Niece resisted aunt, pursued own path

She remembers sitting on the front porch of her aunt's house on Ossie Court, the sun slanting through the jalousie windows. It's 1966, and her aunt is asking her to do something that brings tears to her eyes: go to a white high school instead of Jones High School.

"That was the hardest I ever cried," said Celinder Ware, 57 , a nursing supervisor at Jackson North Medical Center in North Miami. "I wanted to be with my friends. I wanted to go to Jones."

Emma Gaines Little, her aunt and the woman who raised her, never told Celinder about being one of the eight parents who filed the lawsuit to desegregate Orange County public schools. All Emma said was that she wanted her niece to be one of the first black children to attend a white high school in Orlando.

Celinder's tears dissuaded her.

"What can you do when your child is crying?" Emma said. "She cried and cried. I was afraid if I took it [going to Jones] away from her, she wouldn't learn at all."

It was one of the few times in her life that Celinder changed the mind of Emma, a domestic maid and nanny with a seventh-grade education. Emma was strict in her ways, unchanging in her expectations for the girl she took as an infant from a younger sister to raise.

"She is very firm. I had to do a lot of crying for her to change her mind. I was surprised she did," Celinder said.

'I wanted to be a nurse'

And so Celinder Ware would go to Jones High School, where, as a member of the Para-Medical Club , she found how she could fit into the world: taking care of sick people. "I think I decided around ninth grade that I wanted to be a nurse. My grandmother, she had a hand in raising me, too. She was sick, and when I saw my grandmother laying there, I decided I wanted to be a nurse," Celinder said.

In her senior year, Celinder was crowned as Miss Paramedic, which made her look and feel like a homecoming queen.

In high school, Celinder was out-going and sociable - a little too sociable for her aunt. "She made good grades. The only thing is the teachers said she's talking too much. I couldn't break her of it. She still talks," said Emma, 87.

When Celinder wanted to join her friends for movies at the Carver Theatre, Emma wanted her at church prayer meetings. When Celinder wanted to hang out at the youth rec center, Emma had her taking piano lessons. In Emma's mind, teenagers together meant trouble later.

"We knew that was no good, so we broke that up," Emma said.

That didn't stop Celinder from sneaking out to meet her friends - Pat, Annie B. and Veronica - at the teen-center sock hops.

"We called ourselves the Fabulous Four," said Pat Jones, 57. "Aunt Em was extremely protective, overprotective, but Celinder would slip out and go."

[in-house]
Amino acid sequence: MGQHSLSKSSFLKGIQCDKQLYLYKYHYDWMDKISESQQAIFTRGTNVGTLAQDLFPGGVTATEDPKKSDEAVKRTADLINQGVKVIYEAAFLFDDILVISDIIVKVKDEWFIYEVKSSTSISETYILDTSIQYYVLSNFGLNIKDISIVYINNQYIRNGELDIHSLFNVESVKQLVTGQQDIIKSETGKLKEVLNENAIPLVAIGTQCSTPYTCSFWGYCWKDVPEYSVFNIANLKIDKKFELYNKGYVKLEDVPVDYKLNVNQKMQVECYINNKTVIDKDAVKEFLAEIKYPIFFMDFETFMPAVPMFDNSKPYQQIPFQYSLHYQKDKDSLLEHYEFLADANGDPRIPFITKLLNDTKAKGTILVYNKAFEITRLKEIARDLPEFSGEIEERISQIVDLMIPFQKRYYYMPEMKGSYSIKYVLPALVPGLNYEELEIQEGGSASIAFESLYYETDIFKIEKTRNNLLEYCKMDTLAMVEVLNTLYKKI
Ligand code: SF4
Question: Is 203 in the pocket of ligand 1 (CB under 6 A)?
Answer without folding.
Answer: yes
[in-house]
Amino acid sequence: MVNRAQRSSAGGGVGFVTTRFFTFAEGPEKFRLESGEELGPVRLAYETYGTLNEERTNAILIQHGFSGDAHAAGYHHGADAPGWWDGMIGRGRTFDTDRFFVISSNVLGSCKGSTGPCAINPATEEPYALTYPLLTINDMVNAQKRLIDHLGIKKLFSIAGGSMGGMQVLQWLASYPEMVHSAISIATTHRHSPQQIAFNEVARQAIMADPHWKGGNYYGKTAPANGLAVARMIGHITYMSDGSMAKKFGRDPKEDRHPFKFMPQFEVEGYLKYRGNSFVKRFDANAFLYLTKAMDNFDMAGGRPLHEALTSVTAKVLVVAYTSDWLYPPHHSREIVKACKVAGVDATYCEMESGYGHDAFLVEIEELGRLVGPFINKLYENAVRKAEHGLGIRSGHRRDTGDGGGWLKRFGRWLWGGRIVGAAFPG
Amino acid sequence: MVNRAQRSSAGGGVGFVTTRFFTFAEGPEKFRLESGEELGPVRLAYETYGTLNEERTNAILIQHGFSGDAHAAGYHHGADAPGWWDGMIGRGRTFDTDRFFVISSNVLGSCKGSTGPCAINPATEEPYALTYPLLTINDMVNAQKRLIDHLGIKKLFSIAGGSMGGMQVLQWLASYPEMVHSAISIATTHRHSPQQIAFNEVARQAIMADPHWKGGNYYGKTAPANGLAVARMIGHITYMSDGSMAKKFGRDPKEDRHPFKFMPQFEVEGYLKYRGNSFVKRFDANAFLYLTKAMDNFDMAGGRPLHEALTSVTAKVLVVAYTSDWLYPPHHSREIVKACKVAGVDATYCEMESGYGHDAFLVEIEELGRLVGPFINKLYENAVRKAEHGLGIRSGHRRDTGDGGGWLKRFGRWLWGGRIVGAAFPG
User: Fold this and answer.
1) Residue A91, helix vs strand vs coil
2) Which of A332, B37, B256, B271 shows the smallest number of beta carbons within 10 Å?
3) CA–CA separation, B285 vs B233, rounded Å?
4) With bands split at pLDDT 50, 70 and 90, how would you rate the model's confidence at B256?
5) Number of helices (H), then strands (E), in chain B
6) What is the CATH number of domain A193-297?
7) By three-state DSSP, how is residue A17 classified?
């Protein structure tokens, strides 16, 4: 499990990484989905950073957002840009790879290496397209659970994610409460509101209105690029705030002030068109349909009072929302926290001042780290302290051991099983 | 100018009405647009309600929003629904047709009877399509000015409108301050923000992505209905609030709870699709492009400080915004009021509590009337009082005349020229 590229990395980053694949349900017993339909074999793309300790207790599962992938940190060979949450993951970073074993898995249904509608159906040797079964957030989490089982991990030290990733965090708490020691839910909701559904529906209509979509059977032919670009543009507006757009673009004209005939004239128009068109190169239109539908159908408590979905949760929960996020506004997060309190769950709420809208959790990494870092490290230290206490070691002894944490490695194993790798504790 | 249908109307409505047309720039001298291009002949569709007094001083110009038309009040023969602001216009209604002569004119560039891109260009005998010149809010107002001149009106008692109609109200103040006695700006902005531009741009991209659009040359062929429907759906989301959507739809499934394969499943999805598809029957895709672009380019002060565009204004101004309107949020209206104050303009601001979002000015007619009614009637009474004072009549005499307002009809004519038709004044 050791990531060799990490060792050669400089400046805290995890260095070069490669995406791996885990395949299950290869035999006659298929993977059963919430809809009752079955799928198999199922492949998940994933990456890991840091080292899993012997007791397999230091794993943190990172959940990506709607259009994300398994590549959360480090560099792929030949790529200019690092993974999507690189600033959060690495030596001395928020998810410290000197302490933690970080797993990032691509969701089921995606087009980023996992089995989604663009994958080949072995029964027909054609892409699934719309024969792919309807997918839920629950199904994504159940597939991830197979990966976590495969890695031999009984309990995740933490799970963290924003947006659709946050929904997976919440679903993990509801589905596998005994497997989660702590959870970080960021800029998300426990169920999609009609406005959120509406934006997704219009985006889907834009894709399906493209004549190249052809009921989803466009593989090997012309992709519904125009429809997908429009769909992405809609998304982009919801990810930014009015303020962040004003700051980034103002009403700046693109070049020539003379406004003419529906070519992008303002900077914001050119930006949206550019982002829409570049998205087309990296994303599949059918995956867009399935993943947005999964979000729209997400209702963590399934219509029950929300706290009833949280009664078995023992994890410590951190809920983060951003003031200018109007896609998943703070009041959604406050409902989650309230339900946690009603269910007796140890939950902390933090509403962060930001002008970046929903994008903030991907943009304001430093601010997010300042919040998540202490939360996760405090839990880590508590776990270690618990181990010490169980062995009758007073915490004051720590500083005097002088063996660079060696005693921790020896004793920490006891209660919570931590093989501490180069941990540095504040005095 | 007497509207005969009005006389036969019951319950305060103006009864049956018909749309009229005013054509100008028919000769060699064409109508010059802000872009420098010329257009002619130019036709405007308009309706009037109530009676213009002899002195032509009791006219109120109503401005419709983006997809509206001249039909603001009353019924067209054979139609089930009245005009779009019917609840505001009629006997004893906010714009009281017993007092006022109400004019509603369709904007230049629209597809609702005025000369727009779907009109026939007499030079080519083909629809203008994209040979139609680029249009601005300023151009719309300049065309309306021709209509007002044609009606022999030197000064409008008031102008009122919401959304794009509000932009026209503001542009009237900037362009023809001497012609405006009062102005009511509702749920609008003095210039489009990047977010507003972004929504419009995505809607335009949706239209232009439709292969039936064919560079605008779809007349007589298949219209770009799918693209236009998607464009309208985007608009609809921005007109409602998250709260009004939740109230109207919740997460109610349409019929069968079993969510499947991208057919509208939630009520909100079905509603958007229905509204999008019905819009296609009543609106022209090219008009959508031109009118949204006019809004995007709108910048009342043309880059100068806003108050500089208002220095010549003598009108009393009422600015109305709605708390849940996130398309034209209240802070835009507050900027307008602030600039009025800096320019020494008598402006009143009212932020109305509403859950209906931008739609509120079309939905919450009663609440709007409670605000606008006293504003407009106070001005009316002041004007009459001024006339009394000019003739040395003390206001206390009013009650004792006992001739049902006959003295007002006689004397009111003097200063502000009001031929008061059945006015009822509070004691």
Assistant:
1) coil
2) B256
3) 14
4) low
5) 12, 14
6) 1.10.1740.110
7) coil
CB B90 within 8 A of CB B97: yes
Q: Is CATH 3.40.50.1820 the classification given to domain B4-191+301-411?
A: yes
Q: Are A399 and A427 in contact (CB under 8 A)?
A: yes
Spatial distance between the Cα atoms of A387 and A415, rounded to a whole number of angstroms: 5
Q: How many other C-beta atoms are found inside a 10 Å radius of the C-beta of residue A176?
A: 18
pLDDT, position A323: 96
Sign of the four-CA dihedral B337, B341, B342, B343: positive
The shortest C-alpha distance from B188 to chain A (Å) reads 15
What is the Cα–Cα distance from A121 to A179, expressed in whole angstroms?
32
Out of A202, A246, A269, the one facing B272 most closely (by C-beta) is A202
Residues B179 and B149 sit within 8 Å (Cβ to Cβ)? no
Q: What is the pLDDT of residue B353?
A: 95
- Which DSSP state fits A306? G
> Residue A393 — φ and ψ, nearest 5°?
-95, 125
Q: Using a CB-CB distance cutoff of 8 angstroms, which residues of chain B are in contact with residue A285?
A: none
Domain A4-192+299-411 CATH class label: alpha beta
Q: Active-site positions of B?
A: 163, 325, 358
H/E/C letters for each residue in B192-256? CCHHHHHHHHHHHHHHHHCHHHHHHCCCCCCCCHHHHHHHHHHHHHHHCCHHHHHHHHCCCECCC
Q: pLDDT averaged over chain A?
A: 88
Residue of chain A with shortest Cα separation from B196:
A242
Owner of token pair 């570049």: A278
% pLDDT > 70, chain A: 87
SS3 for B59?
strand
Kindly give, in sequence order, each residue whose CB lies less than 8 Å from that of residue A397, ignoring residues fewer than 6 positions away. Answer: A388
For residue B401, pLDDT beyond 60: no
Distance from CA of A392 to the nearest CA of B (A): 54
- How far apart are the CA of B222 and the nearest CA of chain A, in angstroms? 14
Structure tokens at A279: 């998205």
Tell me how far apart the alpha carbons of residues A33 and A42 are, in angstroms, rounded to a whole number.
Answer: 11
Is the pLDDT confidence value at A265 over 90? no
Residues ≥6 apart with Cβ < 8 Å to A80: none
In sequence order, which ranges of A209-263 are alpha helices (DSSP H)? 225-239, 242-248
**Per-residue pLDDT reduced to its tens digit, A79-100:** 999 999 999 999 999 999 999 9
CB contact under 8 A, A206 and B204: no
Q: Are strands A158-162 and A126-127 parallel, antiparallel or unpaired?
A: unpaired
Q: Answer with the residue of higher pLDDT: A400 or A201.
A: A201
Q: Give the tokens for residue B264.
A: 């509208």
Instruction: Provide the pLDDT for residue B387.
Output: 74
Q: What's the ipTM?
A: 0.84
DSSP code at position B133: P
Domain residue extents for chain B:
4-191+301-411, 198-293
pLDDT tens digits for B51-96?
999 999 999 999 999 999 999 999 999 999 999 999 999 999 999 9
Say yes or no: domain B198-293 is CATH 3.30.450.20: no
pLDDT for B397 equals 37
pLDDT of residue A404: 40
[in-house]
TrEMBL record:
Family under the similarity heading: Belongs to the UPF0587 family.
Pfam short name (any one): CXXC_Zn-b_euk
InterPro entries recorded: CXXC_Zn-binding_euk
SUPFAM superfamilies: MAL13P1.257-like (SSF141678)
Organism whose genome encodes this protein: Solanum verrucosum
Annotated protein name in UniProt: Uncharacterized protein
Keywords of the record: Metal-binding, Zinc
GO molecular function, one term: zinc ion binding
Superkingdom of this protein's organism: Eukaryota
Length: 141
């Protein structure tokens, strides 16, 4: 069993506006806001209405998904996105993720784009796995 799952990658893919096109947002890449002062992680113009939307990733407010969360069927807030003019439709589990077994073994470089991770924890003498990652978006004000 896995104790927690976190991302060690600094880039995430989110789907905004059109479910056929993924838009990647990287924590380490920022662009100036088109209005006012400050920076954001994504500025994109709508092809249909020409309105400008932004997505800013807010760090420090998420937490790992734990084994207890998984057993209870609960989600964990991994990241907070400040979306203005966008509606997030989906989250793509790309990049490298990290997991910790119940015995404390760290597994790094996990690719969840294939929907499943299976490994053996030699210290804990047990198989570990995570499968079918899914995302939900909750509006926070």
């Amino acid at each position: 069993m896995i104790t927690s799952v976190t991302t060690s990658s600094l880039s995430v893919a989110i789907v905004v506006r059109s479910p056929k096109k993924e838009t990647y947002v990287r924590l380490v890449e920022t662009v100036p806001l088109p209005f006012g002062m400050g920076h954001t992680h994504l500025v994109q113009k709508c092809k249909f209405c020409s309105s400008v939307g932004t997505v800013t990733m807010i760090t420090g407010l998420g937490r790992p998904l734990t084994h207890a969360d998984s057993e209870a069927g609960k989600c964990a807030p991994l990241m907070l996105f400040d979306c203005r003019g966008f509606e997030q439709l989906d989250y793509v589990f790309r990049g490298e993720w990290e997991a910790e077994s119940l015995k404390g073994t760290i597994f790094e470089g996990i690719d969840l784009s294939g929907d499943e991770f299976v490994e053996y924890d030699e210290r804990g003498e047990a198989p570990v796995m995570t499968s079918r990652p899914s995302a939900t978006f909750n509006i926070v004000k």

In a 1967 picture of the Jones High Para-Medical Club, Celinder Ware stands in the front row of 35 black students. Seven years later, she was one of seven blacks among the 24 nursing students at Broward Community College. The shift from an all-black school to an integrated one was as subtle as it was meaningful for Celinder.

"The only thing that was different is the skin tones changed," she said.

Her education at Jones gave Celinder the confidence to compete in an integrated world. At school, and home, she was taught that no race was superior to another, no person better than another.

"We developed confidence in ourselves, and we felt although we were black, no one was better than us," Celinder said.

Race just a part of identity

One thing Celinder Ware understands is that race is only one piece of a person's identity. On the desegregation lawsuit, she is identified as Claudia Ware. It's a mistake that goes back to when she first registered for school. Someone wrote the name down wrong, creating an identity crisis for Celinder, who m family members call Linda.

"Everywhere else I was Celinder or Linda, but at school I was called Claudia. I told her [Emma] we have to get this changed," she said. "I wanted to be Celinder. I felt more like Celinder than Claudia." As an adult, Celinder Ware would be all the things Emma could never be: educated, professional, worldly. Today, she lives in a condo in Pembroke Pines and commutes to Jackson North Medical Center, where she supervises nurses on the night shift.

In her spare time, Celinder likes to travel, taking trips and cruises to England, France, Switzerland, Germany, the Netherlands, the Caribbean, Chicago and Las Vegas.

"She wanted to look the world over while she was still young. And she did," Emma said.

Emma revels in how far life has taken Celinder. Celinder credits Emma, and her generation, for making her success possible. Everything she has, and is, she owes to those whose sacrifice, courage and blood changed the world. The image Celinder holds in her mind of her Aunt Emma is a little old lady going into a voting booth.

"If it's time for me to vote and I don't feel like it, I think about how they were out there really for us to have that privilege," Celinder Ware said. "I feel guilty and go out and vote."